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NEWS > Emerging Talent Award recipient > Stephanie Martin (LEH 1997-2004)

Stephanie Martin (LEH 1997-2004)

 Female friendships, women of great ambition, individuality and independence are central to my work as a writer and these themes and characters are truly a product of my formative years at LEH. Similarly, my passion for writing drama for stage and screen was instilled and fostered during my studies at LEH.
My first play “Joy” is the story of a young woman with Down’s Syndrome who is determined to live life to the full despite her over-protective family and the discrimination of the world around her. The character of Joy, with the support of her sister Mary and a community drama teacher, Sue, takes on the world with a quiet determination, an open heart and bags of ambition. Joy, supported by Mary and Sue, joins a drama club, works a part-time job in partnership with her college studies and falls in love. The play’s closing moments see her marry her boyfriend, Paul. The play premiered at Theatre Royal Stratford East, October 2017, was the most wonderful experience in celebrating bravery, difference and possibility. Central to the play was female friendship and the determination of a women to overcome obstacles or the expectation of society. “Joy” is currently in development to become a feature film.
July 2018 saw the premiere of my play “Alkaline”, with a month long run at Park Theatre, a venue that has a great tradition of staging works by emerging writers.  “Alkaline” explores the relationship between two friends, joined at the hip since their first week at secondary school. Their twenty-year friendship is put to the test as their individual lives take very different routes. The title refers to Sarah’s quest for more balance in her life as she embraces the faith of her partner, Ali. Sophie and Nick seem a more conventionally couple, whose ignorant assumptions and prejudices make for an awkward evening together. As The Guardian reviewer put it, “Alkaline” is a “contemporary comedy of manners and a state-of-the-nation play about Brexit, liberalism, austerity, and most of all, the threat that modern Islam is perceived to pose to the conservative heartlands of middle England.” The closing moments of “Alkaline” see Sophie and Sarah beginning the next steps of their friendship, continuing to support and grow together, despite the challenges posed by a woman breaking the expected “mould” she’s been placed within.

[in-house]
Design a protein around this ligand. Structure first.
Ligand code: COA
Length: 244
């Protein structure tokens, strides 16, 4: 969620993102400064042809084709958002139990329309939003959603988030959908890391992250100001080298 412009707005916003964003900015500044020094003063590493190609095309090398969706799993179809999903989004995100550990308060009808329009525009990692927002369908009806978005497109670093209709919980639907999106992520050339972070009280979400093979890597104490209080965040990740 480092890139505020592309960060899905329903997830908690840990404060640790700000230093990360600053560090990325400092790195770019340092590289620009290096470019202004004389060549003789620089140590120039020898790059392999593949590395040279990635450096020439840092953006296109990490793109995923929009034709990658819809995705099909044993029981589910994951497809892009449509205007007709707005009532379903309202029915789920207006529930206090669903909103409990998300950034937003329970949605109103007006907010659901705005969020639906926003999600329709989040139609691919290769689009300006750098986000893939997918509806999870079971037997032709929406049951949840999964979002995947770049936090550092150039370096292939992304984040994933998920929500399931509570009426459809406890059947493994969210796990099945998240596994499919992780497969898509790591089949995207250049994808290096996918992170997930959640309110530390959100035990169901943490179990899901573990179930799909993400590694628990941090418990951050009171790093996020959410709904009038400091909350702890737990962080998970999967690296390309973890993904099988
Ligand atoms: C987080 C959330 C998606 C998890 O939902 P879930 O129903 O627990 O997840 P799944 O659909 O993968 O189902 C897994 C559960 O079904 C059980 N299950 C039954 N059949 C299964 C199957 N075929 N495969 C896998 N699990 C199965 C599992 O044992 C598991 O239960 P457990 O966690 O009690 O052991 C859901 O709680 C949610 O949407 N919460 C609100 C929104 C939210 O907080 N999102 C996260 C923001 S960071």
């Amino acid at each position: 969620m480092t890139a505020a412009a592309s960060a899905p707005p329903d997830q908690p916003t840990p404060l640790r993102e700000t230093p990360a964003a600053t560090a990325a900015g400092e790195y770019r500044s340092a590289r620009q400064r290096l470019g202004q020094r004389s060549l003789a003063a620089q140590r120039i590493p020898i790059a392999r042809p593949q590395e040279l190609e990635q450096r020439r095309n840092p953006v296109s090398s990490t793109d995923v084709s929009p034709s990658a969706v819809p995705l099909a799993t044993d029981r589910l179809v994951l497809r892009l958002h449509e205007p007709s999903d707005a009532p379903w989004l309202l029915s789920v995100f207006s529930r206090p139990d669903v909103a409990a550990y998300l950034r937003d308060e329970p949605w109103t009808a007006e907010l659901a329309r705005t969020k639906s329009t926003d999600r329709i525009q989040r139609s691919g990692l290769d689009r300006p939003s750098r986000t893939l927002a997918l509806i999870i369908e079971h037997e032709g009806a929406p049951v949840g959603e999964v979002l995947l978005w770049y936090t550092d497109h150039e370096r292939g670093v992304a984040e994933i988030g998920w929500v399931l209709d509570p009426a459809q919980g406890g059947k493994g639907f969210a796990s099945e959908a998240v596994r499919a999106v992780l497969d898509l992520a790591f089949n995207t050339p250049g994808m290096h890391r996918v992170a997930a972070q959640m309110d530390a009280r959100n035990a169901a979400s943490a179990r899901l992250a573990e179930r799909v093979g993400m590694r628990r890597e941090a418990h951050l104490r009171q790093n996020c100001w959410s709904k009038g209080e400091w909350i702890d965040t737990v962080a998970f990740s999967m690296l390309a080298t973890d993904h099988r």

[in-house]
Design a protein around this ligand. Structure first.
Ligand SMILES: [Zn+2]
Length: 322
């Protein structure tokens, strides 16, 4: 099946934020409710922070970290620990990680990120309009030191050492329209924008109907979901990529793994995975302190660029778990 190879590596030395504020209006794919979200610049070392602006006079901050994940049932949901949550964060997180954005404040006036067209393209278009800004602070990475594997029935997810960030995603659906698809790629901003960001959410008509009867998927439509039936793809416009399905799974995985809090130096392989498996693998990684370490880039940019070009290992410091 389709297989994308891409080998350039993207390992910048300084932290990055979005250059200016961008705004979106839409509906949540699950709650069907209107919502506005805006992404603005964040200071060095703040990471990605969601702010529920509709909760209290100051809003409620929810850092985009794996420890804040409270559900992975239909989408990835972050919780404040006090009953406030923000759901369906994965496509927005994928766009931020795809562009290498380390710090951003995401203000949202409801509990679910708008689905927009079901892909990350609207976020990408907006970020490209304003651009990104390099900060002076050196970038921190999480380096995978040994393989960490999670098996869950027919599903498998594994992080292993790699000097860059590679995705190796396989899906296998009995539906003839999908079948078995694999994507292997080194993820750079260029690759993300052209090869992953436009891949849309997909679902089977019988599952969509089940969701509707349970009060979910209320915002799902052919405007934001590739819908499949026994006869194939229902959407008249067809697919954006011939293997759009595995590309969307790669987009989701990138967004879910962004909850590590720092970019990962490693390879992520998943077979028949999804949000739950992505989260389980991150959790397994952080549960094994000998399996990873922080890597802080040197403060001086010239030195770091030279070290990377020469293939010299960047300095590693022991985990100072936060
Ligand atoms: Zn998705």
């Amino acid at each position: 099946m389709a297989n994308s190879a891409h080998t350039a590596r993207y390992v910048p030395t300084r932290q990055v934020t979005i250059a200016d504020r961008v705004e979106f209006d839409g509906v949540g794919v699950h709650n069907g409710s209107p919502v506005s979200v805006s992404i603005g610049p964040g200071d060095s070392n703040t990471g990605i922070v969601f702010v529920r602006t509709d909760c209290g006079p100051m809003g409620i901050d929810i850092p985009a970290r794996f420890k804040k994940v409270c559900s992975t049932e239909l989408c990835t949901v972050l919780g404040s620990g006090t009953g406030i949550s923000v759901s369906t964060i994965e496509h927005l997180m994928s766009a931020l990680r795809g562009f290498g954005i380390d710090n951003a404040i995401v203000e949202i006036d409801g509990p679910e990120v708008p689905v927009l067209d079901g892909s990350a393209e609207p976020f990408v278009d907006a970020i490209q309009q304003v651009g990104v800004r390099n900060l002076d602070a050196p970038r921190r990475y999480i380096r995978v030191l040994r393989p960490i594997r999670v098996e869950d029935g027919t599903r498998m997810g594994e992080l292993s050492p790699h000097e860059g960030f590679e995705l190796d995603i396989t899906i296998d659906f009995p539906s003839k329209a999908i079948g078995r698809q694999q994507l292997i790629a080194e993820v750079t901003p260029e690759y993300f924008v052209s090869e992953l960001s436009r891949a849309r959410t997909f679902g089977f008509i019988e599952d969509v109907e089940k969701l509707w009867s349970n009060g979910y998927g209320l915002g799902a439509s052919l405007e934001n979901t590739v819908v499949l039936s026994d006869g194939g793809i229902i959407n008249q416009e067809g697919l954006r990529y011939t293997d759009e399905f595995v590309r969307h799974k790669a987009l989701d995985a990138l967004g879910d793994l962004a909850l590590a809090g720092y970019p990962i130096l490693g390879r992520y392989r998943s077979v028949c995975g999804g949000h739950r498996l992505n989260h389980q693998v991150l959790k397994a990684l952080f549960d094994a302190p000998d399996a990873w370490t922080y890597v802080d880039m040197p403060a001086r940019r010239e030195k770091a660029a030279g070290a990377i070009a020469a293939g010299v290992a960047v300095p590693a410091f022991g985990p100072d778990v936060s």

Meanwhile, my focus is now on a musical about a group of young women involved in the women’s liberation movement in the early 1970s. The play centres on the Ruskin Conference in 1970, a pivotal moment in the campaign for women’s rights: the anti-discrimination and equal pay legislation followed a few years later. The story will focus on a diverse group of (fictional) women supporting each other as they break new ground both politically and personally. I can’t wait to share the story of the women’s movement of the early 1970’s it seems to have been left out of the history books thus far!
The play’s working title is “Mary Quake”: “Mary” to signify an ordinary girl; “Quake” to symbolise the seismic political movement that feminism represents. Mrs Hanbury describes Holles girls as “unafraid to tackle new and challenging ideas” and “prepared to take risks”. The women of “Mary Quake”, “Joy” and “Alkaline” are just like that.

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